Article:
Australian chef Matt Stone is a legend in the food scene thanks to his dedication to sustainability and a zero-waste food system. To find out more about his ethos, Jordan Mooney spoke to Matt after his inspiring talk at 2019 Food On The Edge gastronomy symposium.
Right now, Australia is a hub for exciting food. A quick look on Instagram will show you that Melbourne is where to go for amazing coffee, Sydney is packed with trendy food and Tasmania has the best produce in the vast country.
As is also trendy right now, a large eco-friendly, zero-waste movement has crept across the land down under, with the infamous hole in the ozone layer now the smallest it's ever been. It might seem like this widely-embraced green lifestyle is something new, but for chef Matt Stone, it is a lifestyle he has been committed to for more than 10 years.
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Since joining the age of 22, Matt has run several different eco-friendly restaurants, embracing a sustainable culinary career along the way, which he says has not always been easy.
"To be honest, people didn’t quite understand the depth of what we wanted to do. It’s been a decade of work that is really only now being recognised, but we never did it for that purpose. With Silo [a previous restaurant Matt ran], we went completely zero-waste and people assumed that was only in terms of food but it wasn’t until they came into our tiny little space that they realised there was no rubbish bin and there was actually no waste being generated. We’re a café and for people in Melbourne, a café is a really big thing. We have a really big coffee culture here, but we had no takeaway cups at the café and people were outraged. They were like ‘What do you mean I can’t get my coffee for takeaway’ and I always said, ‘Look, we’re in Melbourne and if you want takeaway coffee, there are a million places you can go, but if you want our coffee, you have to be here. If you can’t make five minutes to sit down and have a coffee, then I think you need to prioritise your life differently.’ We had people walk out because they couldn’t get a takeaway coffee."
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However, Matt does think perceptions towards a greener lifestyle have changed. According to the 2019 Sign of the Times survey by Behaviour & Attitudes published by the Irish Times, 83 per cent of Irish people believe sustainability is a global issue that needs to be addressed; further to this, 51 per cent of consumers choose products based on their sustainability, so it really is clear that we are making strides towards a new lifestyle. On a microscale, this can be clearly seen in Matt's clientele, who seem to have come around to his way of thinking.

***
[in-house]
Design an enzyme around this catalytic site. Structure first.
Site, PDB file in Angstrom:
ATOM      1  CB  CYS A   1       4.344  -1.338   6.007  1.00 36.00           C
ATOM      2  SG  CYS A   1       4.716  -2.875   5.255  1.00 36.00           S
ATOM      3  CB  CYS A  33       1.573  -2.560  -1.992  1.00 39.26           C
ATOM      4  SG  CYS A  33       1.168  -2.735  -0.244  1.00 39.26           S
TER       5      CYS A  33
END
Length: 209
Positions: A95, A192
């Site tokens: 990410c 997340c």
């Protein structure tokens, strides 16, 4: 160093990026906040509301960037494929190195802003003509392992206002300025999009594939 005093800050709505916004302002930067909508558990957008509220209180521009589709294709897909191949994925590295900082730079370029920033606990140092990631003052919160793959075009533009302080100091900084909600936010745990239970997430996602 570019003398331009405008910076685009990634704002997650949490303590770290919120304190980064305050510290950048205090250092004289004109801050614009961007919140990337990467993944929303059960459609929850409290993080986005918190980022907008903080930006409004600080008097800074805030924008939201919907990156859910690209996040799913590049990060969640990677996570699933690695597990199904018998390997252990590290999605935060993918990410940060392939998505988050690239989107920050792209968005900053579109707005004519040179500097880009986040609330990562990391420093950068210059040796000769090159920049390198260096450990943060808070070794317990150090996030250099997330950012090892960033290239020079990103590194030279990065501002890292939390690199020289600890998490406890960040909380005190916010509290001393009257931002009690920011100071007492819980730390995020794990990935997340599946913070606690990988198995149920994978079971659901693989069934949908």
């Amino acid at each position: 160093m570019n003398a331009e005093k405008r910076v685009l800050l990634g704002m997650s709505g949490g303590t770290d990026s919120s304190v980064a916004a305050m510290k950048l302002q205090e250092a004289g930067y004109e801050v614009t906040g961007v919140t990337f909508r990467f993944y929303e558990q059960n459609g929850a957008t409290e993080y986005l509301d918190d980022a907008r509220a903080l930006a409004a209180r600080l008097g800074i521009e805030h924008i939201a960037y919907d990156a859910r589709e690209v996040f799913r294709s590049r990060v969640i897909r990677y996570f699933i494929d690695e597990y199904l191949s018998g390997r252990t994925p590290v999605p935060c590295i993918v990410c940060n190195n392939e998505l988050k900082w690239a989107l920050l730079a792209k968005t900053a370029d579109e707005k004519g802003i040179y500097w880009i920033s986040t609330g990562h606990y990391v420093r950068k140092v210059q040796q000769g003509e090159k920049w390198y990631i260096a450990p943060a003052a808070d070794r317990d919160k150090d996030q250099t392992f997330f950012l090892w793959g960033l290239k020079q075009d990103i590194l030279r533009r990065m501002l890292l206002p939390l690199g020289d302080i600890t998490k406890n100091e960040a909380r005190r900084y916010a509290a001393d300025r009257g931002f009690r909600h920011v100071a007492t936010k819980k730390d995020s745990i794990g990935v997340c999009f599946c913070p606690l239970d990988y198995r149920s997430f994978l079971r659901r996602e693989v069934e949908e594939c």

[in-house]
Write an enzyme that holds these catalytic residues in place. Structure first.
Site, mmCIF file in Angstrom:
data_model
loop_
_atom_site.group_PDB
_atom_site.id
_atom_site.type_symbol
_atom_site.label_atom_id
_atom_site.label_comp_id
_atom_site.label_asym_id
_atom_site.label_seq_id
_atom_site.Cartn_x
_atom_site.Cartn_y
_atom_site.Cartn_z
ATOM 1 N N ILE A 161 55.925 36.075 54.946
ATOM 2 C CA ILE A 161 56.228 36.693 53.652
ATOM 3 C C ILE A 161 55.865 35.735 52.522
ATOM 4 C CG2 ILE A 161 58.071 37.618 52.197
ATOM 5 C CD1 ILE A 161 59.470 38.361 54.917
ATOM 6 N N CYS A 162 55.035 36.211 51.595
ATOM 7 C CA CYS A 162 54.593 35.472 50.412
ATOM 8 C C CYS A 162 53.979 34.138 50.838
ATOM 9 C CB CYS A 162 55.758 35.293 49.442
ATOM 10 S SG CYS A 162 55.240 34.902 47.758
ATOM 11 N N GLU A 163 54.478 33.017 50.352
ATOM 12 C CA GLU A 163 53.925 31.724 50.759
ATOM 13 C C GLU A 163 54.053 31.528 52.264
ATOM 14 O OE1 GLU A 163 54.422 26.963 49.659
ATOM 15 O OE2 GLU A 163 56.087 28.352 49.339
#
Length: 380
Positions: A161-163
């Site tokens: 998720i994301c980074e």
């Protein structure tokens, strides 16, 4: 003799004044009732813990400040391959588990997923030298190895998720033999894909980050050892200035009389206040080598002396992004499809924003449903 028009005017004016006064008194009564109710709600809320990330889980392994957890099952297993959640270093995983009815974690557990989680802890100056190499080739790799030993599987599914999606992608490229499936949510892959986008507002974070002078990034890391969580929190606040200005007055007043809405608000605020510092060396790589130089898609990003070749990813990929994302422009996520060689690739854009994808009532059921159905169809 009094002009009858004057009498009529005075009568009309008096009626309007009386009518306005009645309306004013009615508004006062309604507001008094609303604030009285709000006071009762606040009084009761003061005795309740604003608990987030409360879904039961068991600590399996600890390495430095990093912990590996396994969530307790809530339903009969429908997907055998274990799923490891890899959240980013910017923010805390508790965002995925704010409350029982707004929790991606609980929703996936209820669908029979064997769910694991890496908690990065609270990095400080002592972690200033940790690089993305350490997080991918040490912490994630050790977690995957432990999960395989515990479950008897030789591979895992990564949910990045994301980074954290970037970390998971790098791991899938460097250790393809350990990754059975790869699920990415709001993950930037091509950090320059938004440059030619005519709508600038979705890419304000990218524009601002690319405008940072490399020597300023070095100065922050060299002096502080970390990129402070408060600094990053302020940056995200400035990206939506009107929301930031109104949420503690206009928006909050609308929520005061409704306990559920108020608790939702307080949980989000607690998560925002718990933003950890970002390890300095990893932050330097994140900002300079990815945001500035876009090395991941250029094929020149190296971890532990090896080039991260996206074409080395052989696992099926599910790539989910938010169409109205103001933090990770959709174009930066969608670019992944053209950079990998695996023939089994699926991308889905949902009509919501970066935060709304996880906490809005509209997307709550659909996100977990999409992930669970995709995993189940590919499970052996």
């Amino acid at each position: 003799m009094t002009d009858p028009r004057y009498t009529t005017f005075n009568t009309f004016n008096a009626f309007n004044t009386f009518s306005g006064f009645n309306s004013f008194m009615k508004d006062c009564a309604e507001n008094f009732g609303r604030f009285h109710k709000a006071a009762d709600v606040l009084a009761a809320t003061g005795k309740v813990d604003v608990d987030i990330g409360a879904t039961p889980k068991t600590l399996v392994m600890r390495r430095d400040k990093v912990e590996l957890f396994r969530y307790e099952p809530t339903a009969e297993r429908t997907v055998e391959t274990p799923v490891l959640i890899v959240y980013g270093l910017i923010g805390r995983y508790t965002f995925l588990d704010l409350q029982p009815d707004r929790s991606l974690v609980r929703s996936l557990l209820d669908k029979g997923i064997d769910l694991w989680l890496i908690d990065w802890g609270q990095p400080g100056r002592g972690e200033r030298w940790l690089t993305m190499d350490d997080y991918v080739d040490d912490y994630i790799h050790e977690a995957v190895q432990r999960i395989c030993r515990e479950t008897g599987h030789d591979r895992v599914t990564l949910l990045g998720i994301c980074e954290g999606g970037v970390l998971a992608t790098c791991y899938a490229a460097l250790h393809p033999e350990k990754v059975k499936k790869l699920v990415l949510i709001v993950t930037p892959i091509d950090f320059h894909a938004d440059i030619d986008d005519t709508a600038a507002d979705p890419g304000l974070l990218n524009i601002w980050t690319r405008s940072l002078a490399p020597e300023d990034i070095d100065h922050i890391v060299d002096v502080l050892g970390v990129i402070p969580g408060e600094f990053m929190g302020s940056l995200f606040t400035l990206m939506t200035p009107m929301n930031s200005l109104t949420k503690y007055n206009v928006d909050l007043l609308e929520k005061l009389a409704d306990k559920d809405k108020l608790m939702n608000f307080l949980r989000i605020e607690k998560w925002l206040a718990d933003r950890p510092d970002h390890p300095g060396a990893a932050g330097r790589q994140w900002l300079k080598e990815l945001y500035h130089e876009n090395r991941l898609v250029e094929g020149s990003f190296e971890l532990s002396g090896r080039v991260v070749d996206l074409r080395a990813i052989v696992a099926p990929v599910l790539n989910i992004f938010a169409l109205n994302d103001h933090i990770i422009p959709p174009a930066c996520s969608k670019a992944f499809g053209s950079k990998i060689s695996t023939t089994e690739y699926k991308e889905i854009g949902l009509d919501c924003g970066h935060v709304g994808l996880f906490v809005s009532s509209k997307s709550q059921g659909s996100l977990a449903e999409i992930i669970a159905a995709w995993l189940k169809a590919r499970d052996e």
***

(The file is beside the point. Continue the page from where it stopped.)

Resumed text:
"At the restaurant, we only serve whole animals; we actually only serve as little meat as possible but I have a diverse group of guests coming into the restaurant and our menu is priced at $90 for five courses, so it’s not cheap – I don’t think it’s expensive either – but people expect some meat in there, even though there is much more value in growing vegetables. I would love to serve a fully vegetable menu but people perceive meat as value.
In saying that, we do serve some meat from whole animals, so if I break down a lamb for the weekend, the menu will just read lamb. It’s funny because people ask what cut it is and often the staff can’t keep up with what cut we’re on because it’s so busy, sometimes I don’t even know what cut they’re going to get!
At the start, cooking this way was hard for people to get their heads around, they would say ‘I don’t like the leg’ or ‘I only want the backstrap or the fillet’, which is a prize piece. It’s taken us five years to get people’s heads around the fact that they are going to get a delicious meal and it will be lamb, but I can’t really say what cut it will be. It’s my job to give people a good experience. My ethos is still there and I really believe in that. At the start, I was very egotistical, but my perception has changed over the past few years and I know now that it’s not about me, it’s about my guests’ experiences, which is a really big thing."
All The Small Things
This commitment to total sustainability is something we are now starting to see in Ireland with chefs like Conor Spacey spearheading initiatives to create a greener Ireland. It's daunting to imagine how much work must be done to rectify our broken food system, but in just over a decade, Matt has made serious headway in Australia. Curious to know what we would need to do to be even a tiny bit more sustainable, I asked Matt about how we could integrate systems similar to his here.
"Nothing is too small, every little thing makes a big difference. It’s quite an overwhelming thought to think about how much waste we generate in our day-to-day lives but seasonality is the key to changing this. If you eat seasonally, then generally the food is more localised, so it will be more delicious and it will create less waste.
Around 58% of the world’s carbon emissions are due to food and we don’t talk about this because we all love having strawberries in winter because we’ve become accustomed to having lots of food all the time. I think eating seasonally is the first step to minimising your waste and your impact."